AP FACT CHECK: No proof Sen. Collins voted to help husband

Democrat Sara Gideon has launched a new TV ad making an unsupported claim that Republican Sen. Susan Collins of Maine has used her power in public office to advance legislation to help her husband and his business.

Gideon’s campaign began running the ad this month, in one of the country’s tightest U.S. Senate campaigns. Democrats hope they have a chance at flipping the chamber if voters send Gideon, currently the speaker of the Maine House, to the Senate over Collins, who is seeking a fifth term.

A look at claims in the ad:

Narrator in SARA GIDEON AD: “Susan Collins has a secret. Collins’ secret is she’s part of a perfect Washington marriage between a senator and a lobbyist. And Collins pushed for policies that benefited her husband’s lobbying business, voting to repeal a tax on firms like his and fighting against President Obama’s push to make them disclose contributions.”

THE FACTS: Gideon’s ad leaves out important details to lob a groundless accusation that Collins voted to line her husband’s pockets.

The vote referred to in the ad — a repeal of a 3% withholding tax on government contractors— was backed by Democratic President Barack Obama and unanimously approved by the Senate in 2011.

That 3% withholding tax was signed into law by GOP President George W. Bush years earlier to encourage government contractors to fully pay their taxes. It wasn’t specific to lobbyists, as Gideon’s ad suggests.

But the law was widely criticized by both Republican and Democratic lawmakers who said it placed an unfair burden on a majority of government contractors who paid taxes on time, and it was never even implemented before it was repealed in 2011.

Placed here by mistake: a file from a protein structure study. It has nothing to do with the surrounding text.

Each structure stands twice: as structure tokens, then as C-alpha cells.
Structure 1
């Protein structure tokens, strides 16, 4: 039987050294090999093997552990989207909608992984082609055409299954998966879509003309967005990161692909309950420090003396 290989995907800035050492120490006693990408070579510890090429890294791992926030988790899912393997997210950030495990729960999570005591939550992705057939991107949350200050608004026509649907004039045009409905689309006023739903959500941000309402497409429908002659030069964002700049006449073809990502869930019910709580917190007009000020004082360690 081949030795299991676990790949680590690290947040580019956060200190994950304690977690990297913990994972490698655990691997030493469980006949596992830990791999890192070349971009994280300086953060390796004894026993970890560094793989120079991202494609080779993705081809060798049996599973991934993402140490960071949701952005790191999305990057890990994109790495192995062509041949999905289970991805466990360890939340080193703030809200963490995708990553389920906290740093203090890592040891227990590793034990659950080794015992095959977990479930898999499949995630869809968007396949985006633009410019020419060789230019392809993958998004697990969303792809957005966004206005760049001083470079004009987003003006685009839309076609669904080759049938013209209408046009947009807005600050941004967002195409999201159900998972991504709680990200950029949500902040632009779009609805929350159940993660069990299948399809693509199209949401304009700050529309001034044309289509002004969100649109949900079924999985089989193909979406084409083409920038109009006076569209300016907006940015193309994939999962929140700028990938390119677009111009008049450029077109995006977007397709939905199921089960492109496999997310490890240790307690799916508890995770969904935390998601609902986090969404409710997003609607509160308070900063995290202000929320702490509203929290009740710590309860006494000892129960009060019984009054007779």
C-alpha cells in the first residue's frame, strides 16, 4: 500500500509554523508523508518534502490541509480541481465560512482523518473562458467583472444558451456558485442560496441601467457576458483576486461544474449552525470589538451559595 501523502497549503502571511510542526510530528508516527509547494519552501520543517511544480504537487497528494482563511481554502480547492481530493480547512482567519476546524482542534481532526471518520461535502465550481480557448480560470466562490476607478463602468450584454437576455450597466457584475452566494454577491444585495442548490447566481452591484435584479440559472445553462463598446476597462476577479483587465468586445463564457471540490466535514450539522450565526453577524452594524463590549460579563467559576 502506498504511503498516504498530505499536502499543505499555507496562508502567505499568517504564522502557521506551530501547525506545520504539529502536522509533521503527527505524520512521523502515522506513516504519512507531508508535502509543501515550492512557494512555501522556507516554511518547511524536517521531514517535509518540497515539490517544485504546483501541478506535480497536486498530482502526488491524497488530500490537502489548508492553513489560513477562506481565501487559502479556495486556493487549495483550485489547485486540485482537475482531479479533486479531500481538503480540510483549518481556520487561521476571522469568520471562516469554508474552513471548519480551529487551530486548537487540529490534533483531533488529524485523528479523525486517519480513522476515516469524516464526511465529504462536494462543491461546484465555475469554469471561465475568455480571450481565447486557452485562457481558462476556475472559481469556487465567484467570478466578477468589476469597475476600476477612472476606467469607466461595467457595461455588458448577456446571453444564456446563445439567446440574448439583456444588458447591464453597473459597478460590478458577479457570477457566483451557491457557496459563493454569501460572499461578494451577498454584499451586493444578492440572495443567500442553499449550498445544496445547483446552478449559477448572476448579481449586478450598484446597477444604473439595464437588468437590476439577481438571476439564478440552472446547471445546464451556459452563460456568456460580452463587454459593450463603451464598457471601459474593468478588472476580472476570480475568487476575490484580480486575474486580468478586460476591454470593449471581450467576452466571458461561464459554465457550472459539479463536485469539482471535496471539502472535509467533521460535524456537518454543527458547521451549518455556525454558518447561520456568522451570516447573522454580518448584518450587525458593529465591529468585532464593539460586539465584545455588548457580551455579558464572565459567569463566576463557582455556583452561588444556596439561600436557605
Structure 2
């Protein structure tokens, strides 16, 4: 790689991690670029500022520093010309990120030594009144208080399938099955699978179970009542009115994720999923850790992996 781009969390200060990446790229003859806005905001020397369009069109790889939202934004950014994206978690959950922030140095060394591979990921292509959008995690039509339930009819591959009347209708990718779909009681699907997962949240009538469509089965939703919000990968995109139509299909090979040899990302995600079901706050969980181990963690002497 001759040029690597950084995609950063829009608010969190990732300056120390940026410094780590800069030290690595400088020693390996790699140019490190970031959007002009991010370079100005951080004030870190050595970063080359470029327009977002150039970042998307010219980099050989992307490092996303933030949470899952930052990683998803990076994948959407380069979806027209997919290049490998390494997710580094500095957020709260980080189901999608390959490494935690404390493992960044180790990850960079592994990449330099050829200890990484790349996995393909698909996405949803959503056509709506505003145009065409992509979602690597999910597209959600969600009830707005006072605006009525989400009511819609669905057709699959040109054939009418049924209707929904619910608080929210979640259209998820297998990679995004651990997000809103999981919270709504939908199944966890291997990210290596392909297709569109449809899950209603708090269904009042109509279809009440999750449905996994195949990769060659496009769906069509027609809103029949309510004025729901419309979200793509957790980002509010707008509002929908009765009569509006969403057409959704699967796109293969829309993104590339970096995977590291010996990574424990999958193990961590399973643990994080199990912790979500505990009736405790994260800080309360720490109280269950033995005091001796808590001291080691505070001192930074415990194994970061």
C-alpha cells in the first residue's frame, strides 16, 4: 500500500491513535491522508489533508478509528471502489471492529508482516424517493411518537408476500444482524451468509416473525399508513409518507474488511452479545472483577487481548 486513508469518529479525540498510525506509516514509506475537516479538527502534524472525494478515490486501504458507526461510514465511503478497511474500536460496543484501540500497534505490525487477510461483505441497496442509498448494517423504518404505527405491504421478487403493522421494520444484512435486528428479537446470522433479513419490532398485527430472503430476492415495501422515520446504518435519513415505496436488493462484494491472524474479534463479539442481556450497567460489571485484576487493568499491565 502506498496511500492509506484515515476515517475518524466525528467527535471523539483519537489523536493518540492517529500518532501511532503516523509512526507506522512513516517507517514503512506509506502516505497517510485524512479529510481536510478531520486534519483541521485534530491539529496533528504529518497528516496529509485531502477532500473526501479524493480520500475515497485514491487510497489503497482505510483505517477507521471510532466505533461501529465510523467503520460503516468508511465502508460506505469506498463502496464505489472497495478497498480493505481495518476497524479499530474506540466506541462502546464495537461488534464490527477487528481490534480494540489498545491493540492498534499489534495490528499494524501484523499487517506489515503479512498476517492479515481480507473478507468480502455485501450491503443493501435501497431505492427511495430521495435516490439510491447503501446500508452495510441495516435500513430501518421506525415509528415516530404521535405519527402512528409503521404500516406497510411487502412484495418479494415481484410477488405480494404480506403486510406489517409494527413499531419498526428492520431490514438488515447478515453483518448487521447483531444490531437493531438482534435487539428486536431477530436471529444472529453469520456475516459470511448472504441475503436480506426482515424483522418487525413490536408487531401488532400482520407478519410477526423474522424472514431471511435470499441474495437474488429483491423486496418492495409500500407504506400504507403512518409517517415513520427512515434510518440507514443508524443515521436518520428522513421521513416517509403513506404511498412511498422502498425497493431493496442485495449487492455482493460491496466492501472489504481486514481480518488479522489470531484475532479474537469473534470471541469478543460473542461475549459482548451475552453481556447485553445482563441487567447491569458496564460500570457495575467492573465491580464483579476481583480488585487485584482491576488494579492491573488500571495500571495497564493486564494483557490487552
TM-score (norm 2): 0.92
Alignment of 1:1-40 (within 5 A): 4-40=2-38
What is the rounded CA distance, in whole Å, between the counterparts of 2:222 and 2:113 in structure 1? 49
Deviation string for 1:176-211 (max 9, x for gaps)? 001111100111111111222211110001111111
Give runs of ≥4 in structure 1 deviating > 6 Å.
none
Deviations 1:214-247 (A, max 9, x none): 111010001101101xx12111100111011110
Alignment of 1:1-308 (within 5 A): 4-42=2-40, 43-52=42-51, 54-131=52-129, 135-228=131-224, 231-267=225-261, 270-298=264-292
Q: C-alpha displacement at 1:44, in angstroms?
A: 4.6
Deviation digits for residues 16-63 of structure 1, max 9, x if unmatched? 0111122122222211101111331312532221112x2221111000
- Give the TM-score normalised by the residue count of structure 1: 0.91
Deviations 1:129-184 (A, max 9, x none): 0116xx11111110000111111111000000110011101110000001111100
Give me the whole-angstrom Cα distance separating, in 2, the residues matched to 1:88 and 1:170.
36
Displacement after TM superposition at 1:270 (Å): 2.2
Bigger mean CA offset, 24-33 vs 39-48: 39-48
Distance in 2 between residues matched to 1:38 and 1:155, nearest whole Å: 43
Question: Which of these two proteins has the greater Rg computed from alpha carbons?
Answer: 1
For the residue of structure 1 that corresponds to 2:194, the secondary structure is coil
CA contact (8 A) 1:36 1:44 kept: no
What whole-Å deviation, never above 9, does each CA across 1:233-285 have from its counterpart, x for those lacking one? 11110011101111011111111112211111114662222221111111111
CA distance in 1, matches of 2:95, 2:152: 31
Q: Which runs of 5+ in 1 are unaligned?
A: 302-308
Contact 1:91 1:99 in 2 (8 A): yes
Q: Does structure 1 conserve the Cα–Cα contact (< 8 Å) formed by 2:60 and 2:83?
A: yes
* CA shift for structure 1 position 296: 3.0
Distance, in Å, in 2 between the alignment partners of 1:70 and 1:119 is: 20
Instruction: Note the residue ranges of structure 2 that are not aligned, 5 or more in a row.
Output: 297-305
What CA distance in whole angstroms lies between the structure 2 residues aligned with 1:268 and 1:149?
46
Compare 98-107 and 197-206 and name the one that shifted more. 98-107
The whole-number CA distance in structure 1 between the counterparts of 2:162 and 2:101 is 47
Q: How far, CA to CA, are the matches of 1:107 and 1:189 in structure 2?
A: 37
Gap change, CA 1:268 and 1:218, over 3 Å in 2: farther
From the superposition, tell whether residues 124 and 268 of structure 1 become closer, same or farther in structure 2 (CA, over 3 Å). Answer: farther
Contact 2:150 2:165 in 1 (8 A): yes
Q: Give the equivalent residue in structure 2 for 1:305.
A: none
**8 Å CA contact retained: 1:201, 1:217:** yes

The law would have been costly for both the government and its contractors. A 2011 report by the nonpartisan Congressional Budget Office predicted $85 million worth of administrative costs to implement the 3% withholding tax over a five-year period. Contractors, meanwhile, would have been stuck with as much as $12 billion in costs — an expense that likely would have been passed on to the federal government through higher prices, The Associated Press reported.

Furthermore, Collins wasn’t married to Thomas Daffron, at the time of the vote. The Associated Press reported on Feb. 3, 2012 that she was engaged to Daffron — months after her vote on the withholding tax.

Daffron, a former Senate staffer, was the chief operating officer when the two wed on Aug. 11, 2012. He resigned from that job in 2016. Over the years the firm has won millions of dollars in government contracts.

As for the ad's point about disclosing contributions, it's true that Collins led a campaign and drafted legislation against a proposed Obama rule that would have required federal contractors to make public their political donations and expenditures. This also happened in 2011, before her marriage.

The proposed executive order was intended to make federal contracting more transparent and was hailed by liberal groups. It was opposed by Republicans and some top-ranking Democrats who said they feared the political disclosures might influence who wins government contracts. Obama eventually abandoned his effort.

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EDITOR’S NOTE — A look at the veracity of claims by political figures.

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